So, in your case, if you wish to keep this particular brand and model of bread maker, then simply work on one bread, one recipe at a time, to figure out what works, to successfully make bread in that particular machine. You can post your results with each specific recipe here and we will discuss what to do to make it better. 

I could tell you that sifting flour works, even though it is never mentioned, but many students of mine started sifting flour for bread before adding it into the bread machine pan and the difference is remarkable. Sifting flour makes better bread, indeed. 

Another point, Cuisinart asks for all ingredients, including water, egg, butter, flour, etc. to be quite warm, 24-32C (75-90F), which is very unusual. My bread machines work best with ice cold water, ice cold butter, refrigerated eggs, yeast straight from the fridge, etc. 

Dense in the bottom and fluffy or even sunken on top seems to be typical for breads made in vertical Cuisinart compact model. I judge by the photos of breads from Amazon clients, who bake in Cuisinart Compact bread machine. The solution is to shape loaf by hand, once the dough is ready and the machine begins to shape it by rotating the blade a few times. Take the dough out, shape your loaf by hand and place it back into the pan and let the machine continue with proofing and baking cycles.  

How to shape it, is shown here: do it like that for breads with or without fillings, roll the dough out, roll it up, fold it, place it in your bread machine pan. 

Finally, about gluten flour. I tried adding it into my flour, but it was not necessary, because all flours that I buy here in Canada, whether Canadian or from the US or Europe are all good for breads in bread machine. Since you already bought your gluten flour, experiment with it. Maybe it will help. The proportions recommended by Betty Hensperger are to add 1-2 tsp of gluten per cup of white flour and 1/2-1 Tbsp of gluten per cup of whole grain flour. Along with that add 1-2 Tbsp more water to your bread machine pan.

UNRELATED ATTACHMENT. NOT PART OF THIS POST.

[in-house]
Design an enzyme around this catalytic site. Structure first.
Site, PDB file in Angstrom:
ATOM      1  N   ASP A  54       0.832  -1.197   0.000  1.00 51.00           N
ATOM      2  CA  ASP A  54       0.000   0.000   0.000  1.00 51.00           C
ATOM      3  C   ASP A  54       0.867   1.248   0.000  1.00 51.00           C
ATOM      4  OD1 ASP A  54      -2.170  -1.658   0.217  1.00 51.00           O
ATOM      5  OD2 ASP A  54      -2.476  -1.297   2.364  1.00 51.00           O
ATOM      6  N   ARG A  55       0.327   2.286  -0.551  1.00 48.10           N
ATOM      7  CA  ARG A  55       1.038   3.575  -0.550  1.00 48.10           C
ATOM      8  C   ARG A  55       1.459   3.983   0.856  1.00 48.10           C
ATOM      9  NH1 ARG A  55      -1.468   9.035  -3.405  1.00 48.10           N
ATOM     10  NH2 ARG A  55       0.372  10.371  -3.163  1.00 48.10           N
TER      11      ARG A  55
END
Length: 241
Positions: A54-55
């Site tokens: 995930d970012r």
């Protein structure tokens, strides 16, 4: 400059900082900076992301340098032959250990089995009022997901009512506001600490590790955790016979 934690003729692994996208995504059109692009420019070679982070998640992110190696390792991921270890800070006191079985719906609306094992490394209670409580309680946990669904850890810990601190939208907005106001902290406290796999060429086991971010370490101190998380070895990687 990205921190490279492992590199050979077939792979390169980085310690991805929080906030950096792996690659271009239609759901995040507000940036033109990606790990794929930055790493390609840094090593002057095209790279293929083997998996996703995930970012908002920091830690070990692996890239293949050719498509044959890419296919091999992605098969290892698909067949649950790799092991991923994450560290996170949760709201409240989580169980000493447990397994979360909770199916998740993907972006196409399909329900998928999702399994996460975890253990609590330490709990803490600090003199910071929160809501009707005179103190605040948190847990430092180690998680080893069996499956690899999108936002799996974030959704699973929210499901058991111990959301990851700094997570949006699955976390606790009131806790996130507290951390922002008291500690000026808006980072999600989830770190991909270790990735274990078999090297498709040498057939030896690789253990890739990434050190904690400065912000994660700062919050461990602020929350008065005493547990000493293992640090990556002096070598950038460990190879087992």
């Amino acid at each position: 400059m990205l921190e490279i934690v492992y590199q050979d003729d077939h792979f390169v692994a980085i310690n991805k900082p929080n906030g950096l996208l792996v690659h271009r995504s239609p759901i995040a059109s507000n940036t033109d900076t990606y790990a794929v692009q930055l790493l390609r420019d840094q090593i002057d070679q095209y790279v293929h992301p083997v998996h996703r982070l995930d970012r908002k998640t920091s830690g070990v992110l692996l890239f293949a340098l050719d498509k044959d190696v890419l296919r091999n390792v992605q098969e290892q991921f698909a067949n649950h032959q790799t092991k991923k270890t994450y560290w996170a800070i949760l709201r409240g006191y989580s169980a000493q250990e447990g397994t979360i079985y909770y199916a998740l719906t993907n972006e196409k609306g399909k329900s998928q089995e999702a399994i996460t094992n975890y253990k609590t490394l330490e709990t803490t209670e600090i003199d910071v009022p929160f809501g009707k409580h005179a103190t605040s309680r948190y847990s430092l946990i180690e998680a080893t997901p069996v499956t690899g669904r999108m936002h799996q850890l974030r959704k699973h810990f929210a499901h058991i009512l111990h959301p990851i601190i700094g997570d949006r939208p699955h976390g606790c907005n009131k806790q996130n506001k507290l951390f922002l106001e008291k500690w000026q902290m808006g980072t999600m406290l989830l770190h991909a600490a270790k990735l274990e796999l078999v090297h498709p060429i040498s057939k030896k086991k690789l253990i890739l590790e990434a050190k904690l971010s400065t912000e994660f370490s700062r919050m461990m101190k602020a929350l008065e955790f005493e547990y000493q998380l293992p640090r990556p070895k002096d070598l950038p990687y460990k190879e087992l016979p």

best wishes, 



Sabina's picture

I think the machine that didn't work for me was a Cuisinart too. 

Red Neck Bread Dude's picture
Red Neck Bread Dude

The Bread Lovers Bread Machine Cookbook by Beth Hernsperger.

Get this and READ the first few chapters. It should take care of your problems.

And no, I am not related to this lady!


I also have arthritis and kneading is a pain in the ... HANDS!

If you do not want to get the book, then this is the sequence of events I follow...


Baby bath warm liquid.

I bloom my yeast EVERY time.

Eggs, if used are to be room temp, unless you live in a deep freezer. Then make them warmer!

Scoop your flour into a measuring cup. DO NOT USE THE CUP TO SCOOP YOUR FLOUR!

Put the ingredients in the pan in the order used by your owners manual.

Just as a general aside...

1 lb loaf will use 2 cups of flour

1 1/2 lb loaf is 3 cups of flour

2 lb loaf will use 4 cups of flour


Hope this helps.


Red Neck Bread Dude